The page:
“They are crazy, but many things like this happen in Greece to players.

“The other time was shouting and swearing, like ’f*** off’ and ‘motherf****’, stuff like that. It’s still not good, but the mentality is too bad with the fans, it’s not like here.”

So when the 24-year-old was playing away to Livingston earlier this season, he was pretty surprised when the opposition fans came and asked for his signature and a photograph.

“I was like ‘what the f***?’ He added. “I like it a lot though. In Greece they start to swear and fight against you if they see you, it’s not normal.”

After Froxylias decided not to renew his contract with AEK, he went on trial with then big-spending Premier League side QPR in November 2012, after the London club was taken over by millionaire Malaysian businessman Tony Fernandes, ex-owner of F1 team Caterham and owner of Air Asia.

But his trial was unsuccessful, and he then moved to Cypriot side Apollon Limassol, playing for five other clubs in the country in a four year spell.

Looking back on his career, he is honest about his time in Cyprus, and regrets moving to the country at such a young age.

He said: “For me, it wasn’t a good choice for me to go to Cyprus.

“I should have gone somewhere else when I left AEK Athens. I should have gone to somewhere like Scotland or England.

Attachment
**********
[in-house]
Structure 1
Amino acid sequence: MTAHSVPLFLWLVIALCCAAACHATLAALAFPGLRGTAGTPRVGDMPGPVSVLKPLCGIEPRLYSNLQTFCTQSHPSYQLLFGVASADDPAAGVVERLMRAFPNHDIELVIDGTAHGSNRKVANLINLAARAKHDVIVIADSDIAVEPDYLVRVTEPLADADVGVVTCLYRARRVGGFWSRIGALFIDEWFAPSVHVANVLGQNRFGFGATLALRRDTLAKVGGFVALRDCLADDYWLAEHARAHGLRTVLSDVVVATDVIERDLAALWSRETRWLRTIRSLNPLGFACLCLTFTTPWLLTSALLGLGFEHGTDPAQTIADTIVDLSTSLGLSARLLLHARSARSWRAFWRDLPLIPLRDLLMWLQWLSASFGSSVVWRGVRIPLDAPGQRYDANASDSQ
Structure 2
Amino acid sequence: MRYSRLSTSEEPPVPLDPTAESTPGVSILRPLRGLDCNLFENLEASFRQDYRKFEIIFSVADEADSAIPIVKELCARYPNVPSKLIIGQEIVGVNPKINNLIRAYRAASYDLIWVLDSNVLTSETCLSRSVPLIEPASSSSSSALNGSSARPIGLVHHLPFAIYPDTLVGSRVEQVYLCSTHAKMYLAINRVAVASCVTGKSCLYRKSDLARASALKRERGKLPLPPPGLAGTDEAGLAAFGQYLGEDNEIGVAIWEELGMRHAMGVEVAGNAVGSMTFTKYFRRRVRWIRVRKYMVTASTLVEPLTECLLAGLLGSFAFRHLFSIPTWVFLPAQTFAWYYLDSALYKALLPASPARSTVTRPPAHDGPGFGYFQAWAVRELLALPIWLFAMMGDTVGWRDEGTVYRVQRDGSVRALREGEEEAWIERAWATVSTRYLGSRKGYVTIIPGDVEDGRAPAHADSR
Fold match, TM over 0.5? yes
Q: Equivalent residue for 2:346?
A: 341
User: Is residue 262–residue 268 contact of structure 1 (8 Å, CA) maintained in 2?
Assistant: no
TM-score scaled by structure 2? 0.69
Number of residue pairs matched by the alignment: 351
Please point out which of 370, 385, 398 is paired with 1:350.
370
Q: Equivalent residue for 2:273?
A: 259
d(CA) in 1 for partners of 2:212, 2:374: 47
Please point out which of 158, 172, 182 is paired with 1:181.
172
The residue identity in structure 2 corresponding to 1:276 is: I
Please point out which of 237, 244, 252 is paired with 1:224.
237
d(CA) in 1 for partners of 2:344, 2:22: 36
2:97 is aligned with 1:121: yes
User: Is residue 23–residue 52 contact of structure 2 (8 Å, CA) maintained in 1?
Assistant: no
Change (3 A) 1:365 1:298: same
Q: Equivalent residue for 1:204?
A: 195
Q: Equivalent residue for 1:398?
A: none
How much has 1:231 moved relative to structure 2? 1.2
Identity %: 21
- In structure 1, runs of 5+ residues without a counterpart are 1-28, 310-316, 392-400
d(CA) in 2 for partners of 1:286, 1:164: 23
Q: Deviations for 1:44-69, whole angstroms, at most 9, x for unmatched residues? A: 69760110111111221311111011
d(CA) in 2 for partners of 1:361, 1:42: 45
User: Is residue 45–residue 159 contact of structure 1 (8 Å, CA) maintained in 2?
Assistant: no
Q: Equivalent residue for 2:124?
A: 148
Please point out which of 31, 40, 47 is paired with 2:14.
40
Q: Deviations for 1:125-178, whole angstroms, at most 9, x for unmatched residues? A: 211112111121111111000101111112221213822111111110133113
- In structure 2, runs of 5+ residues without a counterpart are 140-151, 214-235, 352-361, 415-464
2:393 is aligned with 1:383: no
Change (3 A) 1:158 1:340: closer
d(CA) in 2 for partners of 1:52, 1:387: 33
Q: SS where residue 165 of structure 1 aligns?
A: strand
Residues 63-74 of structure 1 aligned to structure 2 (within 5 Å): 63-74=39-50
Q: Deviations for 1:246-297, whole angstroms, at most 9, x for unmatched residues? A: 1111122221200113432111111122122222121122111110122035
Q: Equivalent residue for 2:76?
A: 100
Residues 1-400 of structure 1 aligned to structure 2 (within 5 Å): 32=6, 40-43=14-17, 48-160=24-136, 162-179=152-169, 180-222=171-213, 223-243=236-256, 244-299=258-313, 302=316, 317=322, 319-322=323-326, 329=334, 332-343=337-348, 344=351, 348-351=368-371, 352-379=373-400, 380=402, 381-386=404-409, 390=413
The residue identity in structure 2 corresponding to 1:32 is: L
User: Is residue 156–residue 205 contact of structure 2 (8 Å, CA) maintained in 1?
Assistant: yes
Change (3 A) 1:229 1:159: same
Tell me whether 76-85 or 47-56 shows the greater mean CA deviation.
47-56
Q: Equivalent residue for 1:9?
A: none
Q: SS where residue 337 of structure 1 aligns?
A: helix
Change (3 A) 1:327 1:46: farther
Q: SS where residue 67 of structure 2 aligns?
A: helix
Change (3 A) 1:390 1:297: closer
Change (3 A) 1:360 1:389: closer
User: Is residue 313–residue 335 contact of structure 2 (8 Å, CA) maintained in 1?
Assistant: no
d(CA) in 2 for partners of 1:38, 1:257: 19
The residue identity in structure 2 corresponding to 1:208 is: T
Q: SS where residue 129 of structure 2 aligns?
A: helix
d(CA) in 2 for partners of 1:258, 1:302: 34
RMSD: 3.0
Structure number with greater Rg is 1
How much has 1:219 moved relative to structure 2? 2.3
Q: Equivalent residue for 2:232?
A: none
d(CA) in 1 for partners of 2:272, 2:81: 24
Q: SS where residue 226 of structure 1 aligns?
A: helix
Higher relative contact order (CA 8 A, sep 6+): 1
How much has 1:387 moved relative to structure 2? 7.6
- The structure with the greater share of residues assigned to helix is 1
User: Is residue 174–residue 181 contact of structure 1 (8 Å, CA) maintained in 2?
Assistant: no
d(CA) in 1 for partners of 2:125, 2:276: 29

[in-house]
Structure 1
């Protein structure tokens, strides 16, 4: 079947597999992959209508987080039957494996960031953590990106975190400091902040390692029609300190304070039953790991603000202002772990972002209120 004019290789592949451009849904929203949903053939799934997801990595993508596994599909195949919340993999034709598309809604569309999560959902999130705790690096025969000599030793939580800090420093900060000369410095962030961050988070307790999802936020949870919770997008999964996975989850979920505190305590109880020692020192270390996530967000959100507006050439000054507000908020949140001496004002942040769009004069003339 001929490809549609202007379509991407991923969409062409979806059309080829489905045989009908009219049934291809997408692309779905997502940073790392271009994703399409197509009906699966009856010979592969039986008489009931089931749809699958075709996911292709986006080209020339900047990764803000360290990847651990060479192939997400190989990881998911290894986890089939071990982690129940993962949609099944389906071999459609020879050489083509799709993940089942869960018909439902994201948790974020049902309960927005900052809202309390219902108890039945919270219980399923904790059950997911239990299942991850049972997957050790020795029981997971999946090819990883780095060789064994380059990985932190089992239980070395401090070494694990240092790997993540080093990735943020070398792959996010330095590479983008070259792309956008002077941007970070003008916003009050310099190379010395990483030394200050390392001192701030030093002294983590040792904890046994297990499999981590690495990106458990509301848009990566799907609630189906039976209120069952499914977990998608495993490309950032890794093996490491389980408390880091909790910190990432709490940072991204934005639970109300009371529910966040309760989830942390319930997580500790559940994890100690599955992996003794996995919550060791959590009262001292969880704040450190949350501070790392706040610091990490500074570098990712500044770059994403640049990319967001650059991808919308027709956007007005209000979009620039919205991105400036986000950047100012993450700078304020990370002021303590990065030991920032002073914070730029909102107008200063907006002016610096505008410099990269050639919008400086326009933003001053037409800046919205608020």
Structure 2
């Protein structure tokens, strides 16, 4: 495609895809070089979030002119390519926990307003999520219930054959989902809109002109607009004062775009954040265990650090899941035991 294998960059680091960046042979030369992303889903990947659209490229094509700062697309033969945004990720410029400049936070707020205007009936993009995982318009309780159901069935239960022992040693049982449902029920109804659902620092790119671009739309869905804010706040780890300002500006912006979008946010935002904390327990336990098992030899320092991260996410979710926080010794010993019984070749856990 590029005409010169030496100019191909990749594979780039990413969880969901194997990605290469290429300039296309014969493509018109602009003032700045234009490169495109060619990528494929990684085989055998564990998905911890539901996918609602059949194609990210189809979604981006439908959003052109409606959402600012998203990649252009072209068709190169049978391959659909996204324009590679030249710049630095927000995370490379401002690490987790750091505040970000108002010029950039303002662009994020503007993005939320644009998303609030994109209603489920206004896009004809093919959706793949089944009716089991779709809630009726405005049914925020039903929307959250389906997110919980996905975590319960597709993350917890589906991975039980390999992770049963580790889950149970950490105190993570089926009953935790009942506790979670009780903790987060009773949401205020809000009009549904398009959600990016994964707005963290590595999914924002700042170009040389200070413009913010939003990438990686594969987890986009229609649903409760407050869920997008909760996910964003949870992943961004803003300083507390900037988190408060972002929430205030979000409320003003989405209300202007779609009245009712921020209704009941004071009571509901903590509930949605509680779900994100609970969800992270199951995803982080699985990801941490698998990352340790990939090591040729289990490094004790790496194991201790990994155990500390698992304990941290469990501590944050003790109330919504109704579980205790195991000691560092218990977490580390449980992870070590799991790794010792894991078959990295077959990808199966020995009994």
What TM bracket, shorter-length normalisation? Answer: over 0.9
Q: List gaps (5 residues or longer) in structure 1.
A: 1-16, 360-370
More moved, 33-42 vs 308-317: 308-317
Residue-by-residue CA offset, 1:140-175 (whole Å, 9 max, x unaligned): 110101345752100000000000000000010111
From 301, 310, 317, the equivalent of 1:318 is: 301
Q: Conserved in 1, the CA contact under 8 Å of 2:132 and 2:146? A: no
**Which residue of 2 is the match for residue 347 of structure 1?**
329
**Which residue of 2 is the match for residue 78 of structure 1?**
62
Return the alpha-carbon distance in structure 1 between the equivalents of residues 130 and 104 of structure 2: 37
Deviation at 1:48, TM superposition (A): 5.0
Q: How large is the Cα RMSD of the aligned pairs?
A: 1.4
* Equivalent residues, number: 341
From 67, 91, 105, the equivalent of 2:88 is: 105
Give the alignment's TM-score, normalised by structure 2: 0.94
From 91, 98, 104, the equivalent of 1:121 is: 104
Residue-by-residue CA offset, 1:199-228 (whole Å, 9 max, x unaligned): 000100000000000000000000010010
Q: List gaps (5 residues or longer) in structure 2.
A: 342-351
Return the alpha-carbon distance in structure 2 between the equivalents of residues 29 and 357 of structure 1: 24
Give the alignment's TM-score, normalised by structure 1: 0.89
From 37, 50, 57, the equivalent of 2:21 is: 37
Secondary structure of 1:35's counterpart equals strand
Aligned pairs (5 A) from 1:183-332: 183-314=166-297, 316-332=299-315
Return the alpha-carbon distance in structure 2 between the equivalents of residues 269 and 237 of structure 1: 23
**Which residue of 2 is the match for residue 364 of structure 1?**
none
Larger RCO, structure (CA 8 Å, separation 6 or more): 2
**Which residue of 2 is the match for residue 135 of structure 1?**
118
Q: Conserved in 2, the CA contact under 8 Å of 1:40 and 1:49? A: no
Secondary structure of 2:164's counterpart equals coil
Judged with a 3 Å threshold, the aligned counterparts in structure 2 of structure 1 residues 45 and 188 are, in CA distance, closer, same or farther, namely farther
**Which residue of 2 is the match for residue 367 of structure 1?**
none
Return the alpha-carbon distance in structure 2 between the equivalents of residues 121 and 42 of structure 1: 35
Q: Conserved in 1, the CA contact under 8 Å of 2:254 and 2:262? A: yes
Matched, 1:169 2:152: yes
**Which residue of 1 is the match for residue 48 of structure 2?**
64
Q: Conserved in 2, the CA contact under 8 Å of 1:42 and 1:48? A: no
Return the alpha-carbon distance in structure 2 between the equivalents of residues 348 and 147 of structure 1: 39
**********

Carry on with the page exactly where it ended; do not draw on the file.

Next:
“I was a talent from AEK Athens and I was 19 years old, a good age, and I went to Cyprus. This was for me a mistake.

“I wasn’t coming from a small team, it was a big team in Greece.

“I played many games and I changed many teams [in Cyprus]. I wasn’t the best boy. I fight with some of the coaches, the managers, because they didn’t give me the opportunity to play.”

As he looked for a way out, he reached out to one of his best friends, Cypriot player Stelios Demetriou, who plays for St Mirren, and several other Greek players such as former Celtic striker Georgios Samaras and ex-Hearts centre-back Christos Karapidis.

He was soon set on getting his playing career restarted in Scotland.

After a trial with Dunfermline didn’t go his way, he turned to the Sons and Stevie Aitken to give him a chance at getting back to playing football.

Three goals in his opening four games gave Sons fans a taste of things to come, and as the strong performances continued, his stock continued to rise and he began to attract interest from other teams.

After initially signing a deal until January with Dumbarton, Livingston tried to tempt him with a move to full-time football.